Celebrating The Lord’s Table – How CCC Does it
Recently, someone from a mainline church background wondered why we don’t “bless the elements” of the Communion observance before taking. I took some moments to explain.
I’d be glad to help clarify what we do during our Communion Observance, and why.
MEANING OF “BLESSING” SOMETHING
The Scriptures found in the New Testament generally all use the same word for “blessing.” The original Greek word in many New Testament verses is “eulogia;” which means “to speak well of, praise” or “extol the virtues of.” When someone presents a eulogy at a funeral, for example, it is usually a statement extolling the virtues of someone who lived life well.
In the Old Testament, a Hebrew word for “blessing” is used quite often, and in a variety of ways. For example, when you entered a home for a time of fellowship, both visitor and host would speak words of “blessing” on each other, expressing joy and praise for the other person and the goodwill of God (e.g., Gen. 47:7). Climatic points in life were evoke a verbal blessing (birth of child, marriage, death). The practice of “blessing” was thought to also have the power of bringing new good into the life or situation. You’ll remember that the prophet Balaam was hired by King Balak to curse Israel, but God’s Spirit prompted the prophet instead to bless Israel, in keeping with the will of God.
Again, in the NT use of the word, it may carry some of the O.T. meanings; still, at the root, the word means to “praise or extol.”
So what was happening when Jesus (or others) broke the bread and “blessed it”? This “blessing” must have been a verbalization of the meaning behind the bread and cup, and a praising of God for what He has done for us.
As Paul reminds the Corinthians — who were not “recognizing the body and blood of the Lord” symbolized in the elements — it was important that these Christians understand what the Bread and Cup symbolized. They were to be understood as a vivid reminder of the bodily and bloody sacrifice of our Lord for our sin. They were to be taken in “in remembrance” of Him.
In essence, we do this every time we take the elements together. One of our Elder leaders reminds us of what communion means–the picture of the loving sacrifice of our Savior–and how we should think and remember this. To this end, we do “bless” the elements – we praise and extol what they symbolize.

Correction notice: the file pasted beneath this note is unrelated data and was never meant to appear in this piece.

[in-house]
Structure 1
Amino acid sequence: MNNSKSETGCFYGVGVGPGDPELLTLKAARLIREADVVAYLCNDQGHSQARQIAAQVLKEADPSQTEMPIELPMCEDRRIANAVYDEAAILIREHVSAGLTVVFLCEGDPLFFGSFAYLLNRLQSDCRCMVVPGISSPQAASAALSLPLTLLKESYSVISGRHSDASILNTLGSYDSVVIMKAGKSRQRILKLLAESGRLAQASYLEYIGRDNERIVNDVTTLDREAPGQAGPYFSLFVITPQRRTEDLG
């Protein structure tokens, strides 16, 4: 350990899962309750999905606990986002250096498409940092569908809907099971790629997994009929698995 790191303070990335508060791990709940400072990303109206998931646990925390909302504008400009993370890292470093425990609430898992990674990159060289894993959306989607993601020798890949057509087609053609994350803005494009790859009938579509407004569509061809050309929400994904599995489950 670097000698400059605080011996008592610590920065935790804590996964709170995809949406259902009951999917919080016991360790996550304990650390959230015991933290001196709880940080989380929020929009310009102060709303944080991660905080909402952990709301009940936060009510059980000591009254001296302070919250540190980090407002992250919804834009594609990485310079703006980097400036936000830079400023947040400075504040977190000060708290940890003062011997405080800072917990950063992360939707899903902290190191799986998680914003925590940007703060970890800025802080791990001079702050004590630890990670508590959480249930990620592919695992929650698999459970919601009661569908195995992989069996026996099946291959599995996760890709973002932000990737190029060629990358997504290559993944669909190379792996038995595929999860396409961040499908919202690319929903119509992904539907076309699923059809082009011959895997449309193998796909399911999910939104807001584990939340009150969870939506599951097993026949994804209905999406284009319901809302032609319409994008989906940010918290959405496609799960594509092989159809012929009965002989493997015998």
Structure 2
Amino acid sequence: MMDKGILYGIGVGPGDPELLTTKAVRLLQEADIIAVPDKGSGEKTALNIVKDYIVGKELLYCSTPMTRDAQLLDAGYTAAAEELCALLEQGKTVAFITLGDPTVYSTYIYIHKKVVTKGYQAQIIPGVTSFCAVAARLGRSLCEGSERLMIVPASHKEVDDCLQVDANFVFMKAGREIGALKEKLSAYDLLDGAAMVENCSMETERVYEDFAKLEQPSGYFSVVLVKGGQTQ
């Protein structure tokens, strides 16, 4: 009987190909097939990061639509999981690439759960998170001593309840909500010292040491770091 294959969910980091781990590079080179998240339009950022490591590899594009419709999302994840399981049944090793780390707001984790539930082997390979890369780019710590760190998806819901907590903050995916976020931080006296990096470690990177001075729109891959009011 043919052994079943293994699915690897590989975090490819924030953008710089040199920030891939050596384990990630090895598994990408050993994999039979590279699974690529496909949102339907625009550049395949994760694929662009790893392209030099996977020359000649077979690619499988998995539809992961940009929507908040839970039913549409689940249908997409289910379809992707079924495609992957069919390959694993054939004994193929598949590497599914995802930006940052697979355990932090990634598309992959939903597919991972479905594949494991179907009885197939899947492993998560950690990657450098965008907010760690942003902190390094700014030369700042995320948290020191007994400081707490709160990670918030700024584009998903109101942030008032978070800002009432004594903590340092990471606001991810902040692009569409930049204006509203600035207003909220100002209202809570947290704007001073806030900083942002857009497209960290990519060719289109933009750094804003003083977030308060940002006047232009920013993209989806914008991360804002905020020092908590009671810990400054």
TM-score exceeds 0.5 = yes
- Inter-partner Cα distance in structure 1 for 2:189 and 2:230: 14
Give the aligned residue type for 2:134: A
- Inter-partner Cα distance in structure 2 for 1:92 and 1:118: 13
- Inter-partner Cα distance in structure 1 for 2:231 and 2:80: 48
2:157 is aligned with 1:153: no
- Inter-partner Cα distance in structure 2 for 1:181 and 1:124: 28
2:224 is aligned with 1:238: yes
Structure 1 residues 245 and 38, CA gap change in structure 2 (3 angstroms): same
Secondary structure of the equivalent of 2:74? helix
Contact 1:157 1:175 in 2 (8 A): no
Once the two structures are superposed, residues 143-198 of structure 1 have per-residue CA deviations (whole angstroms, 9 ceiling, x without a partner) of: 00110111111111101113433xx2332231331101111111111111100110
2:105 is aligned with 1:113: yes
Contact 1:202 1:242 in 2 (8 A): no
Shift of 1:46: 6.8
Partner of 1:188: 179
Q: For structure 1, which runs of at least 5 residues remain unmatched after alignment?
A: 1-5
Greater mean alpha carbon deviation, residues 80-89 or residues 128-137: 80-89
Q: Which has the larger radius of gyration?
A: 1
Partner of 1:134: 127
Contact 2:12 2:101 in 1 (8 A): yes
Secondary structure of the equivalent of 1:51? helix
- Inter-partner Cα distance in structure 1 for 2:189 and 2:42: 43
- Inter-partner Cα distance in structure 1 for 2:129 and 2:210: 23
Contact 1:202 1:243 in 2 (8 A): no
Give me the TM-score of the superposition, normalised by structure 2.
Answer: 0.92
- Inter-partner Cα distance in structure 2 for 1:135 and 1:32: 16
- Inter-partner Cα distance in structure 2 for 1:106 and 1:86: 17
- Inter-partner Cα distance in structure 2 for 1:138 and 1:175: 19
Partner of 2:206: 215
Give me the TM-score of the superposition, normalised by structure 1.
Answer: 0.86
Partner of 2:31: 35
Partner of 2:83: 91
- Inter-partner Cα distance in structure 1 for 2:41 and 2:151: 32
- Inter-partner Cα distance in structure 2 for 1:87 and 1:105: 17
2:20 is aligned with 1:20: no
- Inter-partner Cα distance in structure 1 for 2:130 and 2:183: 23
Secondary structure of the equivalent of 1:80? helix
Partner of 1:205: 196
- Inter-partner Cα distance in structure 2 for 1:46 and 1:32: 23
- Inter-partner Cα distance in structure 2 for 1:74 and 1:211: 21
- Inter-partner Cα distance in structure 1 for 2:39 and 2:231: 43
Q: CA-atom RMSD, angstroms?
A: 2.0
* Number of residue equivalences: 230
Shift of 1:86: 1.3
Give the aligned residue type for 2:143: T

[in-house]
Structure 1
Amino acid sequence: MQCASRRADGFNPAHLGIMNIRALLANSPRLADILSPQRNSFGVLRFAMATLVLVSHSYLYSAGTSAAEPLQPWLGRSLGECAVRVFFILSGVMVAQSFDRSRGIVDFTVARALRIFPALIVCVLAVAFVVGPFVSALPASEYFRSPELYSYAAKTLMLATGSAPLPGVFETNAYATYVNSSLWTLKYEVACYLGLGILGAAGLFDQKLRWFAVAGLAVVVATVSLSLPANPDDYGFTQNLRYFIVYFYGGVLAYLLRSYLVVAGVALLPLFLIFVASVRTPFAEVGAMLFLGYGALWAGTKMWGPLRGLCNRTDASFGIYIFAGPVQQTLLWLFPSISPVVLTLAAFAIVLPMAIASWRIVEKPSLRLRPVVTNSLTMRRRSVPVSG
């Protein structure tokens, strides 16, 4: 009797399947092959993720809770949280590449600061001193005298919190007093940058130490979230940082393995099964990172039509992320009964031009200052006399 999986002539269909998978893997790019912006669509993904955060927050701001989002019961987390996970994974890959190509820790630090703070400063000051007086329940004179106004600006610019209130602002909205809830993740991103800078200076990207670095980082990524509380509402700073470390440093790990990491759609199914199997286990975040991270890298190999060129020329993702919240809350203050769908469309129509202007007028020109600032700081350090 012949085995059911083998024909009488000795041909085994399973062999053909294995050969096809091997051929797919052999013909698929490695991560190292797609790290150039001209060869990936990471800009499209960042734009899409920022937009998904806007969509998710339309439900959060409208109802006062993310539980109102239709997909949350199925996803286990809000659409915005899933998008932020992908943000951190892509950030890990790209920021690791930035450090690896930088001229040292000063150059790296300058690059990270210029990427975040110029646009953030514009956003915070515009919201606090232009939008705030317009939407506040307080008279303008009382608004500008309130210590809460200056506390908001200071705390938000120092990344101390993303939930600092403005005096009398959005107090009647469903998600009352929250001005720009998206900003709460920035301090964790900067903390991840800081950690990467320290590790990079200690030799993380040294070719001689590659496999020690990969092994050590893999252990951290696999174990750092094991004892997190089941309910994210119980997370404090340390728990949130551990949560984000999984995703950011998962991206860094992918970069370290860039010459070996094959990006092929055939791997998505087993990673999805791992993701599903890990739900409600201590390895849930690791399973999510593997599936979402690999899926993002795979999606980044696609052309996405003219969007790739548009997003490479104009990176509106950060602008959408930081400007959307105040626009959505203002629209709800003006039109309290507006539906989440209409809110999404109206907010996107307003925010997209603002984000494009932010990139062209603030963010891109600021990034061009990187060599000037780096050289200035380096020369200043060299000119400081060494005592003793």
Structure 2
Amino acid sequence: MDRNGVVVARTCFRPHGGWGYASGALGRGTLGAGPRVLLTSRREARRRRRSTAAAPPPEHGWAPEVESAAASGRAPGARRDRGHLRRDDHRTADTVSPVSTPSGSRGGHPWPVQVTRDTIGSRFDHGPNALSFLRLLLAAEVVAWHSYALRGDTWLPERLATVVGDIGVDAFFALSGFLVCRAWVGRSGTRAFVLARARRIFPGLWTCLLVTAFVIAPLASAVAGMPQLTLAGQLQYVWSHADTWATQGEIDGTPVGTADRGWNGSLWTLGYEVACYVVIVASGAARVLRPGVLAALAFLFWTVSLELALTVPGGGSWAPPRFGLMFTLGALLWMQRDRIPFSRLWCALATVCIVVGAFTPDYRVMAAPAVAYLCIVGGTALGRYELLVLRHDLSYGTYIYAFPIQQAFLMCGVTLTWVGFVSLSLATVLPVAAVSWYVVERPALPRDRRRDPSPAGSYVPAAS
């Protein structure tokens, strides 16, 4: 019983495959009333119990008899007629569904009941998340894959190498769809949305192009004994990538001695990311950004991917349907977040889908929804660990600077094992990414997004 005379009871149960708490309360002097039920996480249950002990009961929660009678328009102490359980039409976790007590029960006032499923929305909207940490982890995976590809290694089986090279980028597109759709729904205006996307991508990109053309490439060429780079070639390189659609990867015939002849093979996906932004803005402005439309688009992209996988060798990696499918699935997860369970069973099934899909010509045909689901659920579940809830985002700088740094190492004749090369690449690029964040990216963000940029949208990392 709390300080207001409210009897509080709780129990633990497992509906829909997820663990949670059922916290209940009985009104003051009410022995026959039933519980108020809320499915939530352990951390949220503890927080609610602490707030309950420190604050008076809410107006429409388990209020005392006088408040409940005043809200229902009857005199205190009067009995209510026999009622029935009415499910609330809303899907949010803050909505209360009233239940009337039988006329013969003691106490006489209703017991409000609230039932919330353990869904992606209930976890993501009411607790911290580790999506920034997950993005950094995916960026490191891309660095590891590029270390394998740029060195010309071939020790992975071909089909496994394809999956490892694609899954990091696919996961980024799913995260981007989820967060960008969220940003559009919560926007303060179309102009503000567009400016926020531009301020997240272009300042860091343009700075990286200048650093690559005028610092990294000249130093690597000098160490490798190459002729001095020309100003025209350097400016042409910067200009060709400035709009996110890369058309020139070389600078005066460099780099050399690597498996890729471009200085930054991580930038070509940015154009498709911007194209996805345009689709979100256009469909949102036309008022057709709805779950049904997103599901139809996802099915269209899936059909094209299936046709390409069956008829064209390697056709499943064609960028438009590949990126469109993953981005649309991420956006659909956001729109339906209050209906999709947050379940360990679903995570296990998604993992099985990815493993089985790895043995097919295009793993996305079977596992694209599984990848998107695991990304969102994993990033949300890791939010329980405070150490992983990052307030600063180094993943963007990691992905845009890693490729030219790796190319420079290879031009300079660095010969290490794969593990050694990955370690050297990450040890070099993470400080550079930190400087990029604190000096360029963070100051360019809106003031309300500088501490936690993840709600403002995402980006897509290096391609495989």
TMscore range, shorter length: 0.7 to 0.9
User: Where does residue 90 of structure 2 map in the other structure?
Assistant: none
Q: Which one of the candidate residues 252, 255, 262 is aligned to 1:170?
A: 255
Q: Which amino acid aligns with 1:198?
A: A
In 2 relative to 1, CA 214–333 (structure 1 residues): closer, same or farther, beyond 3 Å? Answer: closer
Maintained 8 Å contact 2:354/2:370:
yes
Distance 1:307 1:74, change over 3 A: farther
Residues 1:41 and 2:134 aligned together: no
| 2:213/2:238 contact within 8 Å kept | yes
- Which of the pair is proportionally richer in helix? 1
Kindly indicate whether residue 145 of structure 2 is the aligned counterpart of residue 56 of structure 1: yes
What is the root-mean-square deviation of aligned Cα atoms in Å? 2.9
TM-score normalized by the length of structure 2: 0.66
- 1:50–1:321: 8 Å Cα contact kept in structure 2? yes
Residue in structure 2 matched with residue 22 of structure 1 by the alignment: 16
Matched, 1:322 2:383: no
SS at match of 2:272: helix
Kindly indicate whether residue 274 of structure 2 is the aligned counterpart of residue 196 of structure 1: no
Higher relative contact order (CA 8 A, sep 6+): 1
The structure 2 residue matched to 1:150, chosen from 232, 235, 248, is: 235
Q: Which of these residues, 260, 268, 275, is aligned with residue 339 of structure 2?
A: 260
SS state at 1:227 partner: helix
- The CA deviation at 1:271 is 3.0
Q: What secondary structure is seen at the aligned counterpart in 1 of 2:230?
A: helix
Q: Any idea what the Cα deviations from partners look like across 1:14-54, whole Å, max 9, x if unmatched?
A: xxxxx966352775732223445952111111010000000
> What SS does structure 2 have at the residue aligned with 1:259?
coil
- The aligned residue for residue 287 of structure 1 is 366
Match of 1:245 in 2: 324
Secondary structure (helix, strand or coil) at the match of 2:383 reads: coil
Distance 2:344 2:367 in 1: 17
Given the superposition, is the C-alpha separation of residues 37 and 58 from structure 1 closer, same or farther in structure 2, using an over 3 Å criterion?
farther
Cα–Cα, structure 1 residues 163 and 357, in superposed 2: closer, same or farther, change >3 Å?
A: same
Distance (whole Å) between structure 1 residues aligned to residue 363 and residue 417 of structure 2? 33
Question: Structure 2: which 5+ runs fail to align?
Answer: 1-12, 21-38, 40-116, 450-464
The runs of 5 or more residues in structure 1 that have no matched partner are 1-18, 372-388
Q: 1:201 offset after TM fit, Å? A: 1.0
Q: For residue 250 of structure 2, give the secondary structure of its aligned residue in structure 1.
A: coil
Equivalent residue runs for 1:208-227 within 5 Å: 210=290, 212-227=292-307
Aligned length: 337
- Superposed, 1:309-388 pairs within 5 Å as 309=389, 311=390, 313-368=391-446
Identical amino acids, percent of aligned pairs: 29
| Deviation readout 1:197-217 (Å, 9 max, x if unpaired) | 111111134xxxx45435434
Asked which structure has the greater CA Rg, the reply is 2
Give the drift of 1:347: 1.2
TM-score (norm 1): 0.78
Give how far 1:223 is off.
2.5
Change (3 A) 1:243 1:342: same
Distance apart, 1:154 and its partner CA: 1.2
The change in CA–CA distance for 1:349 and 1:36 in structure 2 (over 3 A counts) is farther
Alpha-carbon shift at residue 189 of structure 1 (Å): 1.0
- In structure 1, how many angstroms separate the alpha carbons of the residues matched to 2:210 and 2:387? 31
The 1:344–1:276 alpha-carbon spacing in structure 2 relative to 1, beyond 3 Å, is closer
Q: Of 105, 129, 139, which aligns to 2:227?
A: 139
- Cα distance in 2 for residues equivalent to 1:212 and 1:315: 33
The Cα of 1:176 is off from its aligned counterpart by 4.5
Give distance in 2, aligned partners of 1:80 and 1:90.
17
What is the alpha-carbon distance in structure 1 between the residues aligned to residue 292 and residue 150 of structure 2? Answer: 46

BLESSING IN SOME CHURCH TRADITIONS
Some Christians historically have seen the “blessing of the communion elements” as necessary in order to bring special “grace” to those who take them. Some churches even go so far as to insist that this blessing is key to the partakers receiving “saving grace,” that is, God’s forgiveness and salvation through the saving favor of eating the bread and drinking the cup. So “blessing” the elements is seen as necessary for people to be forgiven and saved. The Roman Catholic Church essentially teaches this — that “saving grace” happens when the priest “blesses” the elements and then “dispenses saving grace” through giving the wafer and cup to constituents.
Other Christian denominations, like the Methodists, historically have not believed that “saving grace” comes through the blessing of the elements, but nonetheless some “extra favor” from God comes when the elements of communion are blessed and then taken in.
Evangelical Free Church believers (and Christ Community is an EFCA congregation) historically looked at the Scriptures’ passages and did not agree that “saving grace” nor even “extra favor from God” comes to the Christian who takes in the elements. Paul, for example, simply says that Jesus urged that the elements be taken “in remembrance of me” (1 Corinthians 11:25). Jesus wanted his disciples to vividly remember his death for them, and in fact, the passage goes on to say that in so taking the elements we “declare the Lord’s death until He comes.” So we understand the taking of communion to be an important REMEMBRANCE and a DECLARATION, but not an exercise in which “special favor from God is dispensed” because of the elements themselves.
SUMMARY – this means it is important to “bless” the elements in this way: let’s praise and extol the elements for what they are intended to do when we take them; namely, to remember the Lord’s incredible love in his death for us and our sin, and to declare His death until the moment of His return.